Deux ans plus tard, la fameuse pizzéria Grimaldi a déménagé au coin de la Front Street, le carrousel Jane a survécu à deux ouragans et l’entrepôt de tabac a accueillit des centaines de nouveaux mariages. Je suis Cat Martino, toute fraîche sortie d’une tournée avec Sufjan Stevens et armée de nouvelles chansons pour son premier album à venir, face à un nouveau couché de soleil. Une autre soirée décidément encore emporté dans ce lieu magique.

Les liens :

High Life is Douglas Shaw.
Listen to his music on SoundCloud

Yellow Dogs Benefit Concert and Memorial

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Brooklyn, New York City

One week after two members of Iranian dance-punk band the Yellow Dogs were killed as part of a tragic November 11 murder-suicide, family, friends, and fans of the group gathered at Brooklyn Bowl on Monday night to pay their respects at a memorial concert. The lineup featured an impressive array of talent, including Nada Surf, Kyp Malone of TV on the Radio, Luke Temple of Here We Go Magic, James Chance of the Contortions, and Helado Negro.

Johnny Azari opened the event, which called for $15 donations, with all proceeds going toward the victims and family affected by the East Williamsburg shooting that claimed the lives of Yellow Dogs guitarist Soroush Farazmand and drummer Arash Farazmand, as well as fellow Iranian musician Ali Eskandarian and the gunman, Ali Akbar Mohammed Rafie.

“It’s moments like these that really make you realize how hollow words are,” Azari said to the solemn-faced crowd. “Our Iranian heritage is so rich with poetry — to be left speechless like this is really devastating.”

For much of the show, attendees behaved as if they were in a funeral home, not a bowling-alley-slash-bar-slash-music-venue. The audience maintained only a low level of chatter between performances, and usually settled for close whispers when acts took the stage for sets of varying lengths. Some mourners held flowers, others gripped glasses of red wine. Projection screens above the bowling lanes cycled through photographs and videos of the deceased — shots of them rehearsing, playing gigs, driving, and mugging for the camera were broken up by the occasional childhood photo.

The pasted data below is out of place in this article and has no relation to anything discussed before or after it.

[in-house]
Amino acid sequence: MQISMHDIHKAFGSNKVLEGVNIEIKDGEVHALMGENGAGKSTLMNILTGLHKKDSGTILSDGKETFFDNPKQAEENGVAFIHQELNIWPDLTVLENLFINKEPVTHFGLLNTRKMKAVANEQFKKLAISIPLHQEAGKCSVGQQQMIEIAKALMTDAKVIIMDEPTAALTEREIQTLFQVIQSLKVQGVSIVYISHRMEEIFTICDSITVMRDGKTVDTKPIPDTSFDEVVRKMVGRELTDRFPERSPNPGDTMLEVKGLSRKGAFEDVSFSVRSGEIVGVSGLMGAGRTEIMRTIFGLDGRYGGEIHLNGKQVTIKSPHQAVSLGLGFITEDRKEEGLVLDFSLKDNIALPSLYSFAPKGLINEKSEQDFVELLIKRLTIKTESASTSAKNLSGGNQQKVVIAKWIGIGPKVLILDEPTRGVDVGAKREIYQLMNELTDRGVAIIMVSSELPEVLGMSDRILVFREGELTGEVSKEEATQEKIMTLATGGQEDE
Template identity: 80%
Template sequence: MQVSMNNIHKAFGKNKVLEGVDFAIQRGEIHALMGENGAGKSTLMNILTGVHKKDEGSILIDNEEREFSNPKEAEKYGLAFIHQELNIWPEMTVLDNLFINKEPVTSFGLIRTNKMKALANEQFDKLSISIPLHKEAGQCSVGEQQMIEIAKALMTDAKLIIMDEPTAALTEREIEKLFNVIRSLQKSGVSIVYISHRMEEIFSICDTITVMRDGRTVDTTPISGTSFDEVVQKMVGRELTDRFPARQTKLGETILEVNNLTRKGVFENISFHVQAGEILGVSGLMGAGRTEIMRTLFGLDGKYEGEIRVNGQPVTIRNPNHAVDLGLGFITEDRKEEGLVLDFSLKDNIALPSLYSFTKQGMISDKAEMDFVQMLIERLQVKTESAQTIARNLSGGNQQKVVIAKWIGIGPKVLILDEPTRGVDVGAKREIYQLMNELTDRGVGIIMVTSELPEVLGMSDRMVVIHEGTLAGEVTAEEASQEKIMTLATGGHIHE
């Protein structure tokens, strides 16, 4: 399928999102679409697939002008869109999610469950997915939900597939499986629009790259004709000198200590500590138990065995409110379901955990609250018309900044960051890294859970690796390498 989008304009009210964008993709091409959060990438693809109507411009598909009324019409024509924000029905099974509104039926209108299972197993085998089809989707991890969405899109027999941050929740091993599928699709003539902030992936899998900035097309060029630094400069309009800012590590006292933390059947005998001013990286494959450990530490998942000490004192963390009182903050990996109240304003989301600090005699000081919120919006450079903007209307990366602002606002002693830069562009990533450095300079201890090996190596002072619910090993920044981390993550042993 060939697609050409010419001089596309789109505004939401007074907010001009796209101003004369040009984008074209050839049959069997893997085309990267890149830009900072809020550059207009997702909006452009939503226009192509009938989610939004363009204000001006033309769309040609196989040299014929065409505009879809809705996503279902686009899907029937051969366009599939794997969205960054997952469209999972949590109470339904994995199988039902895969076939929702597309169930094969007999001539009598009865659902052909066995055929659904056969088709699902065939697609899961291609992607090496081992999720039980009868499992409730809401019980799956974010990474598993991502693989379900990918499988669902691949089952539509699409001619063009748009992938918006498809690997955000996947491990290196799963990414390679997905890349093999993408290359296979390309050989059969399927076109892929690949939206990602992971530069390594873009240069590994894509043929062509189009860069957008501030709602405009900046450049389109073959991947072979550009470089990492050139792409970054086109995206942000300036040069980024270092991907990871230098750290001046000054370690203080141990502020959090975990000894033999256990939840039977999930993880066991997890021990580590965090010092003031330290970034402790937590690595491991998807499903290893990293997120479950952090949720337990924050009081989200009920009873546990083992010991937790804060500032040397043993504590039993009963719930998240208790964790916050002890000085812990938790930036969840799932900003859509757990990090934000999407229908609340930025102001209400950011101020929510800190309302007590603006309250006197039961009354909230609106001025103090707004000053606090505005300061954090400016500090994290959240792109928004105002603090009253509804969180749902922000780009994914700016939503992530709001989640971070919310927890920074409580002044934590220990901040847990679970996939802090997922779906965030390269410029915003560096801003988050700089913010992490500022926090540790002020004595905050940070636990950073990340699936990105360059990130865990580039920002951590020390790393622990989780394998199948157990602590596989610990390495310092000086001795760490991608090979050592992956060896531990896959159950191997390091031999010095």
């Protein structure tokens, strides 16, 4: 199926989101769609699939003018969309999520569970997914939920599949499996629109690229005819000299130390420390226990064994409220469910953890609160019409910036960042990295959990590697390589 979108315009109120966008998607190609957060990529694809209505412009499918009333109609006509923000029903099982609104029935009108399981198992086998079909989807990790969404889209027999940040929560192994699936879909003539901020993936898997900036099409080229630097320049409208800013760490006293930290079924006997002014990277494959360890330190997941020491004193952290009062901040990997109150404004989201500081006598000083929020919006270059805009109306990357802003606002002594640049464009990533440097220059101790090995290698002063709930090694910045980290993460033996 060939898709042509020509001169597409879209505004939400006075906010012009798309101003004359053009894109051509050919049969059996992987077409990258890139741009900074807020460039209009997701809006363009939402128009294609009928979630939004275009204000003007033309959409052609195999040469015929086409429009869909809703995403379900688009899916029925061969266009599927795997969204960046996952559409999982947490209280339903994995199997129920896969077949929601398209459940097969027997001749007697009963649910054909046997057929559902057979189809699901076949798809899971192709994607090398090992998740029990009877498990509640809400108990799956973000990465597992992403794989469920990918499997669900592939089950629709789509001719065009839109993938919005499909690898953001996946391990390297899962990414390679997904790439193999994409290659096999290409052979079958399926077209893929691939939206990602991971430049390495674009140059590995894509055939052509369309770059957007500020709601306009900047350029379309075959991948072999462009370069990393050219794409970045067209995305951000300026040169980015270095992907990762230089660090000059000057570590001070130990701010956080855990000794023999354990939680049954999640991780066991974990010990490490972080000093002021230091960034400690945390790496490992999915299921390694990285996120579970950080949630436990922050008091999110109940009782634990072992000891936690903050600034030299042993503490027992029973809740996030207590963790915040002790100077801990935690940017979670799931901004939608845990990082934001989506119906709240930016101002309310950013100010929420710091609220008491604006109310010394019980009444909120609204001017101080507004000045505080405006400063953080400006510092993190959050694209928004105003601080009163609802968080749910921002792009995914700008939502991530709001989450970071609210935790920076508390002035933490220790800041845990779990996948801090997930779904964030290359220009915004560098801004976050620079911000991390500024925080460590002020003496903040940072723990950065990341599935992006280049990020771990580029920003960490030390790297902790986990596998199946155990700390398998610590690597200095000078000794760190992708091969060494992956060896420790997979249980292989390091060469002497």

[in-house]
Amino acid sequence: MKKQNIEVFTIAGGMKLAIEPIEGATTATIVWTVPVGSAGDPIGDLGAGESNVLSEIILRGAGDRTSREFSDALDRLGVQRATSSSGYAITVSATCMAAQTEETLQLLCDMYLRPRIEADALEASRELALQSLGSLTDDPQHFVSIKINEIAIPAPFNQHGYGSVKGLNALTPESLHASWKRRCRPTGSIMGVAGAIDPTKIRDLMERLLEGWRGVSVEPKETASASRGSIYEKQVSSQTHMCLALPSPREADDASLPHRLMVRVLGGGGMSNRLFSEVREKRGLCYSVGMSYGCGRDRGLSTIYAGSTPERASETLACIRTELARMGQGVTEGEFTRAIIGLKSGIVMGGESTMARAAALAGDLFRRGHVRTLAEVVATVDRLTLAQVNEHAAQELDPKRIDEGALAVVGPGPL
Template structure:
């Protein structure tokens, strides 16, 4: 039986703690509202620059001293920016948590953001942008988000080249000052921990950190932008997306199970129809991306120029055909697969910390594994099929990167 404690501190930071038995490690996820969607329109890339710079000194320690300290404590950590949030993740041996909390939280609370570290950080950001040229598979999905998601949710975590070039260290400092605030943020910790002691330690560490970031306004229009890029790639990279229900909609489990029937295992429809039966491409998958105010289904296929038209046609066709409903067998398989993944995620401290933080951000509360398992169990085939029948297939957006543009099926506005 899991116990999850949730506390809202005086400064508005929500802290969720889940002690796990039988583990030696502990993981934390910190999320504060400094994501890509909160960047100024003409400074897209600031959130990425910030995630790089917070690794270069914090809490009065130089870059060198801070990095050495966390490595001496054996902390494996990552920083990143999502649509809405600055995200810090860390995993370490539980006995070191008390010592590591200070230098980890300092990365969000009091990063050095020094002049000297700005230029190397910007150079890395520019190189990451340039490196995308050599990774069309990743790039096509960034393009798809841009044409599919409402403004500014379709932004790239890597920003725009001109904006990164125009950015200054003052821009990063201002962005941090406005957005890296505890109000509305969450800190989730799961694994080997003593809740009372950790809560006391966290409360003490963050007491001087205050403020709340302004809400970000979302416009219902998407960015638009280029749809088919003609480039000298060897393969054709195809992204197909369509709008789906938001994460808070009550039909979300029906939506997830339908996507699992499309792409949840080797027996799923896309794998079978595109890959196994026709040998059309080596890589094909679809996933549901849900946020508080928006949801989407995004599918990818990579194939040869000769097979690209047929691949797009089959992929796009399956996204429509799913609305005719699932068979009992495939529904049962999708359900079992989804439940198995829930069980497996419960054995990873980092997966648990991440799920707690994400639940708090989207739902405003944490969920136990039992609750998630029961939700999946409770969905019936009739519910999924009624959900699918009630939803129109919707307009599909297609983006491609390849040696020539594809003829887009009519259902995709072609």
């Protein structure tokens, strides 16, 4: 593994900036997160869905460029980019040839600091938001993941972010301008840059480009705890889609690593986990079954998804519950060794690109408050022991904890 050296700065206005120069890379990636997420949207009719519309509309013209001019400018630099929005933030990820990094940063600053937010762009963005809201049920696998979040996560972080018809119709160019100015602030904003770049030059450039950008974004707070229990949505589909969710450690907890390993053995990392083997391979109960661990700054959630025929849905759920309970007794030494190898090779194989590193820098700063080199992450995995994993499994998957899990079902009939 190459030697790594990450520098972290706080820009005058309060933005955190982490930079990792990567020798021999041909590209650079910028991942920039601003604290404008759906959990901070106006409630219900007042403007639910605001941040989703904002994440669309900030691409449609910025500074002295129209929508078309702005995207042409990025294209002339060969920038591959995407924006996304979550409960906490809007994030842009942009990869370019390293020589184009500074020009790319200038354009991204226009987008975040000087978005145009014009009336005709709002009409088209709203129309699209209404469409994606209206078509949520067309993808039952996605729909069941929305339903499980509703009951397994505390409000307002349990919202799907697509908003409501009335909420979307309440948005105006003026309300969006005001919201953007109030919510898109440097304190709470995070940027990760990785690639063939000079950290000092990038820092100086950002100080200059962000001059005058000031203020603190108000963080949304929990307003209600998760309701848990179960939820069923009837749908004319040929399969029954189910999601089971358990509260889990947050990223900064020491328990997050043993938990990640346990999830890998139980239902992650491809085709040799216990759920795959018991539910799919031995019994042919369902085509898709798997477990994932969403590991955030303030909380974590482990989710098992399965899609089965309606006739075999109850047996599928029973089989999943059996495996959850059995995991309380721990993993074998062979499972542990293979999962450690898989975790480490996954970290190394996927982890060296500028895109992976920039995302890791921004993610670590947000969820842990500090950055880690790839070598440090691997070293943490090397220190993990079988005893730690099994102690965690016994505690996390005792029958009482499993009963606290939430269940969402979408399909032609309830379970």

A series of poster boards decorated with photo collages were carried over from a candlelit vigil held earlier in the day at Williamsburg’s Cameo Gallery and rested against the brick of Brooklyn Bowl’s western wall. Sharpie permanent markers occupied the same table, urging fans to write dedications.

For Soroush Farazmand: “I’ll miss playing music with you — you’ll continue to inspire me forever.” For Arash Farazmand: “You’ll wake up and forget this big lie. You are alive.” For Ali Eskandarian: “I still have your scarf.”

The size and the mood of the gathering shifted at an ebb and flow throughout the night, hitting a peak about three hours in, at 10 p.m. or so, when gutter-punks Dirty Fences delivered a surge of adrenalin to the proceedings. In the showcase’s latter half, roughly when Kyp Malone stepped to the microphone, the audience had already begun trickling out and the somber tone had started to seep back into the room.

“I feel very honored and strangely humbled to participate in this,” a noticeably upset Malone said onstage. “My heart goes out to the family and friends of the deceased. I think the only shadow effect that’s a positive that I can see right now is that it’s a reminder of the importance of community… It means something.”

By midnight, just as Nada Surf began their set, many of the people watching were hugging and consoling each other, trying to fathom the enormous loss they’ve suffered.

“I usually have too much to say,” Nada Surf frontman Matthew Caws told the crowd before leading a rendition of “Blonde on Blonde,” from 2002’s Let Go LP. “Right now I don’t have enough.”

R.I.P.  Soroush Farazmand and Arash Farazmand